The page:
Caroline Lucas (Brighton, Pavilion) (Green):
I am glad that the Secretary of State is in a mood for apologies, because he might like to apologise to the Environment Agency, instead of engaging in a blame game that helps nobody. Sustainable urban drainage systems can play a key role in managing surface water flooding, and the Government’s statement that they will implement schedule 3 of the Flood and Water Management Act 2010 for new housing developments is long overdue. Does he agree that people in existing housing should benefit from the cost-effective flood protection provided by sustainable urban drainage schemes, and will he agree to a comprehensive retrofit programme so that they can do so?

Mr Pickles:
The hon. Lady’s question is based on a false premise. I have not criticised the Environment Agency, whose staff are doing an excellent job. Merely expressing doubts about one aspect of the agency’s approach in the Somerset levels hardly qualifies as a criticism. The Under-Secretary of State for Environment, Food and Rural Affairs, the hon. Member for North Cornwall (Dan Rogerson) informs me that the very regulations that she seeks will be laid in April, and I hope that she will volunteer to serve on the relevant Delegated Legislation Committee.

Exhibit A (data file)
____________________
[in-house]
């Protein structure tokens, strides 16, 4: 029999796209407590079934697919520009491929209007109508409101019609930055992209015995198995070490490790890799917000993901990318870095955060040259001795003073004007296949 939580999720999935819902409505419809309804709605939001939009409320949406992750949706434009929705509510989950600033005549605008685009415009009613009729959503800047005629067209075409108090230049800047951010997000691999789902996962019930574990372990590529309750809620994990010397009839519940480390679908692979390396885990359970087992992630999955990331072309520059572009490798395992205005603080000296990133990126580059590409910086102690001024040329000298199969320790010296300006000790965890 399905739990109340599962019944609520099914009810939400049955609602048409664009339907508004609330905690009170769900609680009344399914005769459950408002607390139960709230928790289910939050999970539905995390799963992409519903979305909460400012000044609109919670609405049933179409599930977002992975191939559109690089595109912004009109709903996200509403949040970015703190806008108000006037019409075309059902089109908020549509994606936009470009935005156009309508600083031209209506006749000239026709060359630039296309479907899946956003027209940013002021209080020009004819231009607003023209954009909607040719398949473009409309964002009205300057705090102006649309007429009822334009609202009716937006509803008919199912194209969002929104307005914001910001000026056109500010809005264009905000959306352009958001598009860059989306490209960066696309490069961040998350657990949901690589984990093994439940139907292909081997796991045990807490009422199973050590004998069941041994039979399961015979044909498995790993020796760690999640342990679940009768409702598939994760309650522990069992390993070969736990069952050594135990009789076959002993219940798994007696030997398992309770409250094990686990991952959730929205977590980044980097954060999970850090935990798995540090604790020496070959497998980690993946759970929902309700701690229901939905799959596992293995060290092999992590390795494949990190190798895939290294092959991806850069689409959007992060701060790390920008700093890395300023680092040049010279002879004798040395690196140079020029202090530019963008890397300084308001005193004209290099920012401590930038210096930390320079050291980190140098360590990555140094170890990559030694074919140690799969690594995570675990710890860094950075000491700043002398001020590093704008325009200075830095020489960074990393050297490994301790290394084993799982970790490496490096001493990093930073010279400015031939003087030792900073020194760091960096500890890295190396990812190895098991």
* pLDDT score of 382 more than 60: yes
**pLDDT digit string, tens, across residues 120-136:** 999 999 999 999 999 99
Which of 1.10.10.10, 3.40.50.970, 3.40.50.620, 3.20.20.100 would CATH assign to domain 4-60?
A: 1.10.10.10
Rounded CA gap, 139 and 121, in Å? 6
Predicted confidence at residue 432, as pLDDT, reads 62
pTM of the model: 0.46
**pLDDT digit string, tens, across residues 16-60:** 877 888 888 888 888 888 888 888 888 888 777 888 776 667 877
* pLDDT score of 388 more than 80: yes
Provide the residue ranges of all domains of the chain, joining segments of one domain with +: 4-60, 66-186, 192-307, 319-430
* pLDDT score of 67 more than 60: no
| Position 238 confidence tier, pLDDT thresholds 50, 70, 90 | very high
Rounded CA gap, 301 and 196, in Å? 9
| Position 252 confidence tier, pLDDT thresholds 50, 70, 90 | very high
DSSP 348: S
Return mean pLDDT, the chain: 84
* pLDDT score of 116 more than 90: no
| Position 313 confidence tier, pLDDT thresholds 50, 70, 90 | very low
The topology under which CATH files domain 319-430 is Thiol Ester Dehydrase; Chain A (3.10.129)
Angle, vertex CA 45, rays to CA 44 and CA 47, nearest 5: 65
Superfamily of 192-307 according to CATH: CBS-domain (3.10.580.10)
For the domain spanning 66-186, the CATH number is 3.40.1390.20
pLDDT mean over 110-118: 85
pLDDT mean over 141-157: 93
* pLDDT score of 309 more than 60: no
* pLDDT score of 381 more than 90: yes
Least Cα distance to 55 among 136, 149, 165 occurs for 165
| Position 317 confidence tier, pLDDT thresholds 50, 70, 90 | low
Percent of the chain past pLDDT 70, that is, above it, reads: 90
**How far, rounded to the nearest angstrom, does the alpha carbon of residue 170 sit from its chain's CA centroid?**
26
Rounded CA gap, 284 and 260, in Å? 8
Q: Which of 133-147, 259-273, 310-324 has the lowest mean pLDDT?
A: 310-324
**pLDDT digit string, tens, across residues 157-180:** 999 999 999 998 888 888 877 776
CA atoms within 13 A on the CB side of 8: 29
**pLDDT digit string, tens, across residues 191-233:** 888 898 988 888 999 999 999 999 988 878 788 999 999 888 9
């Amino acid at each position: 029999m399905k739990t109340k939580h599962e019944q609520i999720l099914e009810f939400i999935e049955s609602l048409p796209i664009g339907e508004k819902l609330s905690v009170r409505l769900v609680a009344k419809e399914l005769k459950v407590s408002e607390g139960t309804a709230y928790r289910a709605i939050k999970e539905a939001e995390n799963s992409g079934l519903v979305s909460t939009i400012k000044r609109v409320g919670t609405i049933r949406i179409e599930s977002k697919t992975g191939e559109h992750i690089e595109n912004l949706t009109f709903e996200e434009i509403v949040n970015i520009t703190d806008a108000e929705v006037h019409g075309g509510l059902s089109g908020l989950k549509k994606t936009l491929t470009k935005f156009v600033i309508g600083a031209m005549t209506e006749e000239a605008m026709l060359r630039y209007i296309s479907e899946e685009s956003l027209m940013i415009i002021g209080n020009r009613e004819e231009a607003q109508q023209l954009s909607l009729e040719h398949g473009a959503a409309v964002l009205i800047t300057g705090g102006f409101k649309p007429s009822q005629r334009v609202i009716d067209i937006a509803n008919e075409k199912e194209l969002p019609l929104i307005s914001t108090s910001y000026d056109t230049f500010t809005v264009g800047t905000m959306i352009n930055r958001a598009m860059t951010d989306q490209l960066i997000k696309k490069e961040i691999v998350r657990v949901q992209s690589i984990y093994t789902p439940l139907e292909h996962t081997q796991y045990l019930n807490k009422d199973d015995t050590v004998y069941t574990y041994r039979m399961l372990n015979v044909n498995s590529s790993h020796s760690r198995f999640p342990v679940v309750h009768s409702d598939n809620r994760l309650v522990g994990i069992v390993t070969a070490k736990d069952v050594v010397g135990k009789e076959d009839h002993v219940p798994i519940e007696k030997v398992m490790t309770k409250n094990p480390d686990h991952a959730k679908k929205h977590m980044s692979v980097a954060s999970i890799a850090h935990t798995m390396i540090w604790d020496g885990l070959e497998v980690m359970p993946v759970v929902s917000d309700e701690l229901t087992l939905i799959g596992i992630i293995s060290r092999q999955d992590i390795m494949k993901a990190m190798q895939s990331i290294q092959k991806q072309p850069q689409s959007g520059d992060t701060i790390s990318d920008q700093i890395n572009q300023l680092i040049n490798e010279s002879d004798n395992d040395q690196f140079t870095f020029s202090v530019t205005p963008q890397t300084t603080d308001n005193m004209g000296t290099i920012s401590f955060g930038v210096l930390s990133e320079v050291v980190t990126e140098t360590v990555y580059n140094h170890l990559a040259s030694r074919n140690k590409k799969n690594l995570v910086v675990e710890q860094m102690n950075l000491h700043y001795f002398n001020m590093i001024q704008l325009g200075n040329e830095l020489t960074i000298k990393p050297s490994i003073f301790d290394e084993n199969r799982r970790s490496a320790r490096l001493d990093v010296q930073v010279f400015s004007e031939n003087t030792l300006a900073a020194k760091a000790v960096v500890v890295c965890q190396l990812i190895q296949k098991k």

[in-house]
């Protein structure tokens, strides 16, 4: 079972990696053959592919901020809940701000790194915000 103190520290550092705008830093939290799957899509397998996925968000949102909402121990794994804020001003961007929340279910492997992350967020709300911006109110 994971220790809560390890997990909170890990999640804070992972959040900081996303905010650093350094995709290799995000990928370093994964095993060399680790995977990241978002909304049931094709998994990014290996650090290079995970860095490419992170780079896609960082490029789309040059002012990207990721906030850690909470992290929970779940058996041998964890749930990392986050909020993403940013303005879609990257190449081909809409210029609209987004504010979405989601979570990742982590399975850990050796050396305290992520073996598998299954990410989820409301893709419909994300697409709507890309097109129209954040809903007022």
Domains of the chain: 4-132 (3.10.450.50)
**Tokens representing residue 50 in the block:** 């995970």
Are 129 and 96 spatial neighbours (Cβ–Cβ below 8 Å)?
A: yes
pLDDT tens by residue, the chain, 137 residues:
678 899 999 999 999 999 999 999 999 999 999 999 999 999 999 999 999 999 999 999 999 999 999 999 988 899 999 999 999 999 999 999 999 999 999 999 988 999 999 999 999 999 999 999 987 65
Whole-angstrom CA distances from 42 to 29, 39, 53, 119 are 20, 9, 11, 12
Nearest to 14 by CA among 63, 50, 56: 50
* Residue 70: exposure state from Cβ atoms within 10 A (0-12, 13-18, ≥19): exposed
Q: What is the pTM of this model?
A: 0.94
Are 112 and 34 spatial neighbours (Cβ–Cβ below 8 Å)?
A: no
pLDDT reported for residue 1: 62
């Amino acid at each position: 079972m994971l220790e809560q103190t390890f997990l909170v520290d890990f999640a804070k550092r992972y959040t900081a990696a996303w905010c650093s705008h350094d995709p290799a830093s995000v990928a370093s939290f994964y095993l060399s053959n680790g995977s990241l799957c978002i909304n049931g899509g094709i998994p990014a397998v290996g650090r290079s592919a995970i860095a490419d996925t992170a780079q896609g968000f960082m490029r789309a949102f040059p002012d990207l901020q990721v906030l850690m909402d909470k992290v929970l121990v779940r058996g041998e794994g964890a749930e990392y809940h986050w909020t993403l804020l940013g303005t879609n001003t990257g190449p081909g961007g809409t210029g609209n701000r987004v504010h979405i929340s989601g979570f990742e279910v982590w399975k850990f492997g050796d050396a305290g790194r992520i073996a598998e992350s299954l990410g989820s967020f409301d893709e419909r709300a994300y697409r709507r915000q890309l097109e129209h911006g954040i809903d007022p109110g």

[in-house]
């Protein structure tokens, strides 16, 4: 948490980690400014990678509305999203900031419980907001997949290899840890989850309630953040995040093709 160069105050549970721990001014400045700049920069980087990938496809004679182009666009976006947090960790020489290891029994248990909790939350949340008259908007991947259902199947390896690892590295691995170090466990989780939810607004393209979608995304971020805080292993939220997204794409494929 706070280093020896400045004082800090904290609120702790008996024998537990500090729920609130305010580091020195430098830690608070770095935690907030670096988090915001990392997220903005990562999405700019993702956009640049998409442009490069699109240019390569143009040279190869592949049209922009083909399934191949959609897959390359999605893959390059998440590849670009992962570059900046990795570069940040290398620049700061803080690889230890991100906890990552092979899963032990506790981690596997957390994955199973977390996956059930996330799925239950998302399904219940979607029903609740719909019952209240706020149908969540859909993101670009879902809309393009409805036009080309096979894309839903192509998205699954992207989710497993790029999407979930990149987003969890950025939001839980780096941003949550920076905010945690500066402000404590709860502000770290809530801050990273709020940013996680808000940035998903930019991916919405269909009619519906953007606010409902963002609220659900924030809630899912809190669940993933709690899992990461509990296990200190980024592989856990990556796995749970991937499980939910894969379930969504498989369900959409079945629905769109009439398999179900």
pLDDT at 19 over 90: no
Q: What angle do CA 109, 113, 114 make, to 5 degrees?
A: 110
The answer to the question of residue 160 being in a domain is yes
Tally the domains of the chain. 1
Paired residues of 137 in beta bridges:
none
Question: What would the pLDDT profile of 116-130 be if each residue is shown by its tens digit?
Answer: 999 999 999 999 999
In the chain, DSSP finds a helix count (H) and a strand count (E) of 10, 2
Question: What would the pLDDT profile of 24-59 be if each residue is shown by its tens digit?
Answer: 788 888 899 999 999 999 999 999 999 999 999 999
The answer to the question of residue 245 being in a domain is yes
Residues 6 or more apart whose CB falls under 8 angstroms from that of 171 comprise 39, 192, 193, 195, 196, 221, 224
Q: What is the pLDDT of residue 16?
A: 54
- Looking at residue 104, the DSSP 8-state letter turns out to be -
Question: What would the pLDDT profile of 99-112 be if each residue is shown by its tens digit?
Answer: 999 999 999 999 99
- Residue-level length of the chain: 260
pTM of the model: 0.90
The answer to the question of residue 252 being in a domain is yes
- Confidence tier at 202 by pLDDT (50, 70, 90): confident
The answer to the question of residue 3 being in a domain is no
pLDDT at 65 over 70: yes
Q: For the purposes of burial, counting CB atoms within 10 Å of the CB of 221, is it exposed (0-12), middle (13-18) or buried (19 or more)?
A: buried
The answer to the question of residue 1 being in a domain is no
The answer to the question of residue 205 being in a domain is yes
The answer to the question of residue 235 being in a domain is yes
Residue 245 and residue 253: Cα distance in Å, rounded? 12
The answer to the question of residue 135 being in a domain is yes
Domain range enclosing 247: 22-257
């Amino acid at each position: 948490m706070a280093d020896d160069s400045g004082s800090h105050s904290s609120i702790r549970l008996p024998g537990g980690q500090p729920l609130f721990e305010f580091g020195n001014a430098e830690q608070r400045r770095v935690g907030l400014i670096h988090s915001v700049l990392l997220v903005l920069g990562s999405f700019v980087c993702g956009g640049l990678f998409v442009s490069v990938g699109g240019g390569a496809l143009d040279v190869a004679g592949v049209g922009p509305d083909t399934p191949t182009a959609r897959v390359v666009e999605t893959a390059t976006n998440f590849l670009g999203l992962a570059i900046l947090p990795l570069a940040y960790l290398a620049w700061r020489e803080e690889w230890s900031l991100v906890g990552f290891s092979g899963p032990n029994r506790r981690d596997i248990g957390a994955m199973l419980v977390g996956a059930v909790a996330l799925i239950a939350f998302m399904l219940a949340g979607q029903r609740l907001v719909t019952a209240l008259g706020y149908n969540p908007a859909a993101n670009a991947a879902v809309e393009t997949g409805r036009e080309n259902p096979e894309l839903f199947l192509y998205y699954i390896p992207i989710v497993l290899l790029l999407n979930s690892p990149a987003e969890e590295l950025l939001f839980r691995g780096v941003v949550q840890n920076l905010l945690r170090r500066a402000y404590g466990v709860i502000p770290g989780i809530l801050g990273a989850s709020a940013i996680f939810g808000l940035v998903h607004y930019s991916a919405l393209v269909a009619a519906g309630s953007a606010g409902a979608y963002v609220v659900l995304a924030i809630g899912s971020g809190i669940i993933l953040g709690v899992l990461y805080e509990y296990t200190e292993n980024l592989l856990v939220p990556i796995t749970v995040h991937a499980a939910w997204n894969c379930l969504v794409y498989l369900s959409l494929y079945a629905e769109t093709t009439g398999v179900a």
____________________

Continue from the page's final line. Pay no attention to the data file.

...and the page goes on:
Stephen Gilbert (St Austell and Newquay) (LD):
Cornwall faces a repair bill in the tens of millions of pounds, and it will take months to put right the damage that the storms have caused. Will my right hon. Friend assure the House that when claims are made under the Bellwin scheme, they will be expedited as quickly as possible?

Mr Pickles:
My hon. Friend is absolutely right about the battering that the coast of Cornwall has received. The decision I announced last week on the changes to the Bellwin formula—the first time in 30 years that we have changed the threshold—was made specifically to help Cornwall. I look forward to working with him and the county council to ensure it is compensated for the enormous effort it has put in.

Chris Ruane (Vale of Clwyd) (Lab):
For every £1 spent on flood defence, there is an £8 return. In the last year of the Labour Government, capital flood defence spending was £371 million. The following year, it was cut by this Government by £87 million, then £115 million, £94 million, £53 million and £35 million. Will the Secretary of State take this opportunity to apologise to the people of Rhyl, St Asaph, Somerset levels, Dawlish and the Thames valley for the £400 million of costly capital cuts that have totally backfired and will cost this country billions?